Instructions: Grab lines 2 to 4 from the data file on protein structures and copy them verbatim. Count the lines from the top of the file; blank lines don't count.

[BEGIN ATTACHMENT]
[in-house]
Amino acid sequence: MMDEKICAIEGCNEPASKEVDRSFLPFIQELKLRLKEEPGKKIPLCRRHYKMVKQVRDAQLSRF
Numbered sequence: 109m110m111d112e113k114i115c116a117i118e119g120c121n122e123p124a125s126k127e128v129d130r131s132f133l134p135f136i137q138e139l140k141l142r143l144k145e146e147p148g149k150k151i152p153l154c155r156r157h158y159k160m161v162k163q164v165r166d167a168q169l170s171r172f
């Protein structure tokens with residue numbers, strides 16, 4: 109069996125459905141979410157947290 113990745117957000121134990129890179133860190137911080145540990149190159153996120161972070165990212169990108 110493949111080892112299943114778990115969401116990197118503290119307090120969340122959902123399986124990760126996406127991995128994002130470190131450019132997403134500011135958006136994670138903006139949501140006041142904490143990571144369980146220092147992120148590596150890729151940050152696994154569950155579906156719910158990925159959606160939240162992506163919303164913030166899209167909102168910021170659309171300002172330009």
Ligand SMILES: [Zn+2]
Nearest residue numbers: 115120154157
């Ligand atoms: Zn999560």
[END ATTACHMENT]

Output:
Amino acid sequence: MMDEKICAIEGCNEPASKEVDRSFLPFIQELKLRLKEEPGKKIPLCRRHYKMVKQVRDAQLSRF
Numbered sequence: 109m110m111d112e113k114i115c116a117i118e119g120c121n122e123p124a125s126k127e128v129d130r131s132f133l134p135f136i137q138e139l140k141l142r143l144k145e146e147p148g149k150k151i152p153l154c155r156r157h158y159k160m161v162k163q164v165r166d167a168q169l170s171r172f
């Protein structure tokens with residue numbers, strides 16, 4: 109069996125459905141979410157947290 113990745117957000121134990129890179133860190137911080145540990149190159153996120161972070165990212169990108 110493949111080892112299943114778990115969401116990197118503290119307090120969340122959902123399986124990760126996406127991995128994002130470190131450019132997403134500011135958006136994670138903006139949501140006041142904490143990571144369980146220092147992120148590596150890729151940050152696994154569950155579906156719910158990925159959606160939240162992506163919303164913030166899209167909102168910021170659309171300002172330009």